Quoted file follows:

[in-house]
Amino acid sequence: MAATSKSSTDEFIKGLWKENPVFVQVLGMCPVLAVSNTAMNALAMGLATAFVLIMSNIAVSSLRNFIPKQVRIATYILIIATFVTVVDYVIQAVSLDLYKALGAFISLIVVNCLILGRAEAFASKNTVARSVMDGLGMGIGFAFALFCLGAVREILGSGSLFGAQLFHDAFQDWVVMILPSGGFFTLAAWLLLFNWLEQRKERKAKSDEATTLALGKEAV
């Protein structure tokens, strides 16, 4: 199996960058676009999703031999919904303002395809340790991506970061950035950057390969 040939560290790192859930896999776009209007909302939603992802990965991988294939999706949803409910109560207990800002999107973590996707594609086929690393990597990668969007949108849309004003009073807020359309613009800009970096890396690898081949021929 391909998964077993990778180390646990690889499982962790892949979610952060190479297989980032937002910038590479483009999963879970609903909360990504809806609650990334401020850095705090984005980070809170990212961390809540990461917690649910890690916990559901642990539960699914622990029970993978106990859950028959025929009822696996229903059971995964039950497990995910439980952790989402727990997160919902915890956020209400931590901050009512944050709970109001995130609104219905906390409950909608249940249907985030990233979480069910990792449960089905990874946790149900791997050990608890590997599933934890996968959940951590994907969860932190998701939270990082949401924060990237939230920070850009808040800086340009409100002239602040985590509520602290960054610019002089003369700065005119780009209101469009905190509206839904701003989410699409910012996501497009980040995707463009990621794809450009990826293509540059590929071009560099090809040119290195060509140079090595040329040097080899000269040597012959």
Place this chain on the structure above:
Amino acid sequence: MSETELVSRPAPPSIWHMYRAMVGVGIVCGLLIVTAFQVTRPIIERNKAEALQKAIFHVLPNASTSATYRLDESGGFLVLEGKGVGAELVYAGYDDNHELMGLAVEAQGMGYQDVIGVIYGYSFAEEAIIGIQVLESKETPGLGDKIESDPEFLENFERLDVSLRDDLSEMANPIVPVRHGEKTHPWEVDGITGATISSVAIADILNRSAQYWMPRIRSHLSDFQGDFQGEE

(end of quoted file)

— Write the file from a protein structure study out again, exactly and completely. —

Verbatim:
[in-house]
Amino acid sequence: MAATSKSSTDEFIKGLWKENPVFVQVLGMCPVLAVSNTAMNALAMGLATAFVLIMSNIAVSSLRNFIPKQVRIATYILIIATFVTVVDYVIQAVSLDLYKALGAFISLIVVNCLILGRAEAFASKNTVARSVMDGLGMGIGFAFALFCLGAVREILGSGSLFGAQLFHDAFQDWVVMILPSGGFFTLAAWLLLFNWLEQRKERKAKSDEATTLALGKEAV
């Protein structure tokens, strides 16, 4: 199996960058676009999703031999919904303002395809340790991506970061950035950057390969 040939560290790192859930896999776009209007909302939603992802990965991988294939999706949803409910109560207990800002999107973590996707594609086929690393990597990668969007949108849309004003009073807020359309613009800009970096890396690898081949021929 391909998964077993990778180390646990690889499982962790892949979610952060190479297989980032937002910038590479483009999963879970609903909360990504809806609650990334401020850095705090984005980070809170990212961390809540990461917690649910890690916990559901642990539960699914622990029970993978106990859950028959025929009822696996229903059971995964039950497990995910439980952790989402727990997160919902915890956020209400931590901050009512944050709970109001995130609104219905906390409950909608249940249907985030990233979480069910990792449960089905990874946790149900791997050990608890590997599933934890996968959940951590994907969860932190998701939270990082949401924060990237939230920070850009808040800086340009409100002239602040985590509520602290960054610019002089003369700065005119780009209101469009905190509206839904701003989410699409910012996501497009980040995707463009990621794809450009990826293509540059590929071009560099090809040119290195060509140079090595040329040097080899000269040597012959």
Place this chain on the structure above:
Amino acid sequence: MSETELVSRPAPPSIWHMYRAMVGVGIVCGLLIVTAFQVTRPIIERNKAEALQKAIFHVLPNASTSATYRLDESGGFLVLEGKGVGAELVYAGYDDNHELMGLAVEAQGMGYQDVIGVIYGYSFAEEAIIGIQVLESKETPGLGDKIESDPEFLENFERLDVSLRDDLSEMANPIVPVRHGEKTHPWEVDGITGATISSVAIADILNRSAQYWMPRIRSHLSDFQGDFQGEE